Abstract: TH-PO263

Natural IgM and TLR Agonists Switch Murine Splenic Pan-B to “Regulatory” Cells That Suppress Ischemia Induced Innate Inflammation via Regulating NKT-1 Cells

Session Information

Category: Acute Kidney Injury

  • 001 AKI: Basic

Authors

  • Lobo, Peter I., University of Virginia, Charlottesvillle, Virginia, United States
  • Schlegel, Kailo H., University of Virginia, Charlottesvillle, Virginia, United States
  • Bajwa, Amandeep, University of Virginia, Charlottesvillle, Virginia, United States
  • Okusa, Mark D., University of Virginia, Charlottesvillle, Virginia, United States
Background

Innate inflammation after reperfusion of ischemic organ has a significant role in ischemic acute kidney injury (AKI). In prior studies, we showed that natural IgM anti-leucocyte autoantibodies (IgM-ALA) inhibit inflammation. Here we show that pan-B cells are switched to regulatory cells when pretreated ex-vivo with either IgM or CpG.

Methods

C57BL/6 mice were i.v. infused with 0.5X10^6 B cells that were cultured for 48h with either IgM or CpG and 24h later these mice underwent bilateral renal ischemia. Plasma creatinine and other studies were preformed 24h after ischemia.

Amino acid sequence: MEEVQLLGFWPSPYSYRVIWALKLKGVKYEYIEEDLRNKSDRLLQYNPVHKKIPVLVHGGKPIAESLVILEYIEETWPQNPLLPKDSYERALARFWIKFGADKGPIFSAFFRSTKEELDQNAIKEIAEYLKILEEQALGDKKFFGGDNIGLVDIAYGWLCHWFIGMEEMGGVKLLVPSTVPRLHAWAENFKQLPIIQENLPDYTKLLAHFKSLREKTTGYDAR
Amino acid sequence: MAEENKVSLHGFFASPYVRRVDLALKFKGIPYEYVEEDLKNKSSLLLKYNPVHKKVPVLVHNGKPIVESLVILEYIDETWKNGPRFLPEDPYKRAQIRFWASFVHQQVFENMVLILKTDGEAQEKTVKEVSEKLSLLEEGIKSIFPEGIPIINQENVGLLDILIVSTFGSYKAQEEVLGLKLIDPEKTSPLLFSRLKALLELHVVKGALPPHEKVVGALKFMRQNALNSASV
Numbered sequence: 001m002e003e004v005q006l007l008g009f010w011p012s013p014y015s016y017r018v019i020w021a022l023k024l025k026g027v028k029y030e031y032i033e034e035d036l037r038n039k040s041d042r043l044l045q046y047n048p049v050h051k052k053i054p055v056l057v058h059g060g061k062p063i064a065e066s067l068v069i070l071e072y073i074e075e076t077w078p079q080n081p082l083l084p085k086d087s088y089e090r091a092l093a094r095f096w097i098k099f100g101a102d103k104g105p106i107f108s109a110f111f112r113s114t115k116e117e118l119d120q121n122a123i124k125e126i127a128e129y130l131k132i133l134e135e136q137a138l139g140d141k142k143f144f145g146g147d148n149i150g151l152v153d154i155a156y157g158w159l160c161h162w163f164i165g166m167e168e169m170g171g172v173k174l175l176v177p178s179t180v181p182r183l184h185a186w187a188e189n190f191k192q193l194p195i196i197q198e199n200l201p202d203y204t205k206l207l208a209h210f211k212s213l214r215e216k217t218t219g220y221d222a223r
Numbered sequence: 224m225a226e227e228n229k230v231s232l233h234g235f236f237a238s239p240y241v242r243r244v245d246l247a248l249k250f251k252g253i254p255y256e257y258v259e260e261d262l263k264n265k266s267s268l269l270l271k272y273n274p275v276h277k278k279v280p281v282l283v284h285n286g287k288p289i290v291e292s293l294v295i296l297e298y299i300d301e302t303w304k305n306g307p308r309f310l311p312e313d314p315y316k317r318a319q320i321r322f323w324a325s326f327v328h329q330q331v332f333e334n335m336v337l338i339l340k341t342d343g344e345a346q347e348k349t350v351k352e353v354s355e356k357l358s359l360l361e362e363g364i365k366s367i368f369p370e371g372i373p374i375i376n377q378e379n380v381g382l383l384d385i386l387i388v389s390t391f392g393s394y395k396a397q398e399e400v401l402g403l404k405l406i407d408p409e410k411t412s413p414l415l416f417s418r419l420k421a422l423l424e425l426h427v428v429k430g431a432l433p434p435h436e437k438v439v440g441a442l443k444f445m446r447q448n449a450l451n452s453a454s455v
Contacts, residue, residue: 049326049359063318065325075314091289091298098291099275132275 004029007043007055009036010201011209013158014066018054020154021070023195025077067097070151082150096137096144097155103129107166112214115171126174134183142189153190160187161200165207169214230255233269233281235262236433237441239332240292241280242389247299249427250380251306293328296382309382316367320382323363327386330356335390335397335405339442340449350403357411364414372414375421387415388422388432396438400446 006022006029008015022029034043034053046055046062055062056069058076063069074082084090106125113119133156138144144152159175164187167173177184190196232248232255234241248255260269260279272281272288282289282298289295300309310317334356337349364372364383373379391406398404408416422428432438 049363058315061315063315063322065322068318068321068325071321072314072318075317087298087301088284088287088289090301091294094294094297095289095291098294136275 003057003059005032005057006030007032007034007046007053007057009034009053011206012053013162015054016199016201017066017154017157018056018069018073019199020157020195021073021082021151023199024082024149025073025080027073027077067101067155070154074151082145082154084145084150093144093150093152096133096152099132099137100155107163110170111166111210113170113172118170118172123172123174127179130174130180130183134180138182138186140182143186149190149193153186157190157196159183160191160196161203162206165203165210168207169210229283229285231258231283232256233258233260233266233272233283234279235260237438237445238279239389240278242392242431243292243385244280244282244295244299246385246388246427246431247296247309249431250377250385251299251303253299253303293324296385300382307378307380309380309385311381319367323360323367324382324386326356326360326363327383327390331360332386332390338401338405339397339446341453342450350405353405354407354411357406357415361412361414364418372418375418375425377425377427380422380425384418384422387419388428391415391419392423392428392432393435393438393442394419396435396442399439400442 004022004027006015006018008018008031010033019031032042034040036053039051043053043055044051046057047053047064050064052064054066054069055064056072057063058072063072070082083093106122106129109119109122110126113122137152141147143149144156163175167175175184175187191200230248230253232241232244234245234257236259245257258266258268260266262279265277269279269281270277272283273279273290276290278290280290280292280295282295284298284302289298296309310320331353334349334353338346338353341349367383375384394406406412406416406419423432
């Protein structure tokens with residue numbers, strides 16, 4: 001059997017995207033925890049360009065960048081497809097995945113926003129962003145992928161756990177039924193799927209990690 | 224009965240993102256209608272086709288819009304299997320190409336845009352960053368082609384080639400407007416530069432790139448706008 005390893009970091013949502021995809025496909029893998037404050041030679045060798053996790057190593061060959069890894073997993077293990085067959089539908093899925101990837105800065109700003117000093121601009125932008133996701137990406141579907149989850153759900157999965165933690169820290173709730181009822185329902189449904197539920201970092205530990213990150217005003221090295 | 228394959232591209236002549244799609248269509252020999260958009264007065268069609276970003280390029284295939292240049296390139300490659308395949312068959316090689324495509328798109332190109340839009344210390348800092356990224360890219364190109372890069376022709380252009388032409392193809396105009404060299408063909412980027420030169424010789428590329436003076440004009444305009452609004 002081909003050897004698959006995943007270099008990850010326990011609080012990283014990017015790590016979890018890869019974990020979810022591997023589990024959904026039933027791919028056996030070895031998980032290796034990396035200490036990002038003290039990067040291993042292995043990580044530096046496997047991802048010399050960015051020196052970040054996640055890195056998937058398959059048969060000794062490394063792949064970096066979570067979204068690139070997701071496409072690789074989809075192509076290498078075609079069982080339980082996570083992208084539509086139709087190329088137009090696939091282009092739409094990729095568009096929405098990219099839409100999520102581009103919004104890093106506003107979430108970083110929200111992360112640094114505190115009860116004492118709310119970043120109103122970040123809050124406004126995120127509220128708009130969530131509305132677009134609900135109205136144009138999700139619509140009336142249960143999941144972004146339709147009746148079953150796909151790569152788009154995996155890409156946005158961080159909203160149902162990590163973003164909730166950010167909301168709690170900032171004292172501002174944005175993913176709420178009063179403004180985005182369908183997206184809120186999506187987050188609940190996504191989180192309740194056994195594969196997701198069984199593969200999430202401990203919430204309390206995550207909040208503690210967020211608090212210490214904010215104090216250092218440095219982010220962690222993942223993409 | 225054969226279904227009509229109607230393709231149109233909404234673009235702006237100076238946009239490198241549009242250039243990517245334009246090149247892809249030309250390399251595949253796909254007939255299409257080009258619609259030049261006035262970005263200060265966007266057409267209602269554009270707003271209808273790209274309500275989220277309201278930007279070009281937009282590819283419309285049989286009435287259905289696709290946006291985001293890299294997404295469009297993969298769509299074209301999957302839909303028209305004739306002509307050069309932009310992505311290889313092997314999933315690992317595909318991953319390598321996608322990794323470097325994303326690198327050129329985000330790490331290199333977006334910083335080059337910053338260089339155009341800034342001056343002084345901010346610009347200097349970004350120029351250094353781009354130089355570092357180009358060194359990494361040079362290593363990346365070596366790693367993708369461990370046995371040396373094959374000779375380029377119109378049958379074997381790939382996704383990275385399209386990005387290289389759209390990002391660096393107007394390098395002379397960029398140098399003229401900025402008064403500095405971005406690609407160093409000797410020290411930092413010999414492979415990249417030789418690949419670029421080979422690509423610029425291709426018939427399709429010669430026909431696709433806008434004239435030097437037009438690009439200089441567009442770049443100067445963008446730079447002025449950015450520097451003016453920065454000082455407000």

Results

Pre-treatment with regulatory pan-B cells (IgM or CpG treated) protected kidneys from AKI via regulation of in-vivo NKT-1 cells which amplify the innate inflammatory response to DAMPS released after ischemia. Such ex-vivo induced regulatory pan-B cells express low CD1d and inhibit inflammation by regulating in-vivo NKT-1 in the context of low lipid antigen presentation and by a mechanism that involves either PDL1. CpG induced regulatory B cells, but not IgM induced regulatory B cells, also require IL10 for their regulatory activity. LPS, unlike CpG, fails to down-regulate CD1d and switch pan-B to regulatory cells that inhibit ischemia induced AKI despite increased IL10 production.

Conclusion

Ex-vivo induced regulatory pan-B cells could have therapeutic relevance as these easily available cells can be pre-emptively infused to prevent AKI that can occur during open heart surgery or in transplant recipients receiving deceased donor organs.

Funding

  • NIDDK Support